Even with home prices in the dumps, saving to buy a home may be out of reach for many. But if you work at Johns Hopkins and find a rowhouse in a downtrodden neighborhood nearby, you could qualify for as much as $29,500 to help with the down payment and closing costs. That's money available through city, state and employer programs designed to boost home ownership. And if you don't quite fit that description, you still may be eligible for thousands of dollars to help buy a principal residence.
NEWS
By John A. Morris and John A. Morris,Staff Writer | March 13, 1993
Gov. William Donald Schaefer appointed a 17-member panel yesterday that he says is the linchpin to controlling residential and commercial sprawl in Maryland's suburbs.The panel will oversee and guide the 23 counties and Baltimore )) City and other municipalities as they revise local land-use regulations to reflect the "seven visions" for growth adopted by nTC the General Assembly last year.Those broad "visions" call on the local governments to channel construction into existing communities, which already have roads and other necessary public works, and away from the state's open and forested spaces.
NEWS
February 2, 1994
First the mayors then the governors -- both in Washington for their mid-winter conventions -- talked crime with President Clinton.They want help but they don't want the financial burden and policy straitjacket that often go with federal government attempts to help state and local governments.They also don't want president and Congress telling them what to do about such things as sentencing. This came up in a discussion between the president and representatives of the National Governors' Association of one of the crime bills now before Congress.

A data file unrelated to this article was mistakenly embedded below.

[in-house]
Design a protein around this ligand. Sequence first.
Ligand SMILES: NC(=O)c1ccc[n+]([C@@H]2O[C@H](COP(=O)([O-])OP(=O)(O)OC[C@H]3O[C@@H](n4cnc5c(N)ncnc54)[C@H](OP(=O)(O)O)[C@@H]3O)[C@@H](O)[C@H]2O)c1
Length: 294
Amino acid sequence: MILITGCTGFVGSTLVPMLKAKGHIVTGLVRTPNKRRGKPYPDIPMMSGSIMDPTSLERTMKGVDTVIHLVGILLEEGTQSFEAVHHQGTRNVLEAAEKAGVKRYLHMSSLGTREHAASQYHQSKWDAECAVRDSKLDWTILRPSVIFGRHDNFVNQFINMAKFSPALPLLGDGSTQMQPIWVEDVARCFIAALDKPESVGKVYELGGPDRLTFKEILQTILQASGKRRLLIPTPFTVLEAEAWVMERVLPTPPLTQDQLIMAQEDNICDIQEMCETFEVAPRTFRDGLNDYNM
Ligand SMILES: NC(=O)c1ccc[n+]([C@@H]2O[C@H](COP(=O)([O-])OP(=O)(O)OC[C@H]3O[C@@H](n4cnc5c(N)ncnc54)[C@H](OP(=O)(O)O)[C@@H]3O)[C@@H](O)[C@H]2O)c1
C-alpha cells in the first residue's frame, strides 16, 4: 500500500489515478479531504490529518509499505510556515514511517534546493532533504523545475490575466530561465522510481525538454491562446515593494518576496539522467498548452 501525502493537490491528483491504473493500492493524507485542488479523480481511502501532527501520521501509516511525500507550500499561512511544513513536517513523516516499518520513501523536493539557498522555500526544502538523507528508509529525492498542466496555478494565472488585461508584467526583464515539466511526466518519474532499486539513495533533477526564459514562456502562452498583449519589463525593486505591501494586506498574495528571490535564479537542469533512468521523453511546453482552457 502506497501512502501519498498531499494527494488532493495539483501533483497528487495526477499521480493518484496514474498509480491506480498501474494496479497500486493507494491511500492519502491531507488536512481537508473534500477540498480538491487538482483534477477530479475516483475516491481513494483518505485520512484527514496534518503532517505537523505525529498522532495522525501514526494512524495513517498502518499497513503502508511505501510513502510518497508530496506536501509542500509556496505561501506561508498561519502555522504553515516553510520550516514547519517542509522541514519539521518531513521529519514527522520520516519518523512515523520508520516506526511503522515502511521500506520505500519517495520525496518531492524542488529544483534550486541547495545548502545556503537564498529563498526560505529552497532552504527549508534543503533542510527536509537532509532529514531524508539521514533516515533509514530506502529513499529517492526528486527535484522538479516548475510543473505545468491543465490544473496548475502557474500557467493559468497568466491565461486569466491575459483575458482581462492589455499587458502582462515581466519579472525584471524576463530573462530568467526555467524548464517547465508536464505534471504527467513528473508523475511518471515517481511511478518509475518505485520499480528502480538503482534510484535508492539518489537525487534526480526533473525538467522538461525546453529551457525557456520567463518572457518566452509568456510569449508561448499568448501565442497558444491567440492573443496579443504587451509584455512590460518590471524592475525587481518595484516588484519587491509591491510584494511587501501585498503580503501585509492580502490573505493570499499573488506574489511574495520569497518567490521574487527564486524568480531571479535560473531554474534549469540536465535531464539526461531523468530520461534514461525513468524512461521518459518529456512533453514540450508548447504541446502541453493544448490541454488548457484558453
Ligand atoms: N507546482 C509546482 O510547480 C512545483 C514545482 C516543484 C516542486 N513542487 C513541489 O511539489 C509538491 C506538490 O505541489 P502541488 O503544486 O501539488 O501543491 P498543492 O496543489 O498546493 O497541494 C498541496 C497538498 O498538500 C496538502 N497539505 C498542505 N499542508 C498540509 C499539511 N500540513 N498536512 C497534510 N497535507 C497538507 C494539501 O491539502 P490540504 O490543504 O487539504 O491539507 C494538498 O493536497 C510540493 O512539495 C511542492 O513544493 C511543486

NEWS
By Jacques Kelly and Jacques Kelly,jacques.kelly@baltsun.com | November 17, 2009
Dr. Percy V. Williams, a retired educator who was a pioneer in Harford County public school desegregation, died of pneumonia Saturday at Harford Memorial Hospital. The Havre de Grace resident was 95. Born in Perryman, he grew up on a farm his father, Vandellia Williams, bought after land he owned was taken for what is now the Aberdeen Proving Ground. The son of sharecroppers, the elder Williams had few rules and advised his son to "Go to church, do what's right, get an education," according to a 1995 Sun article.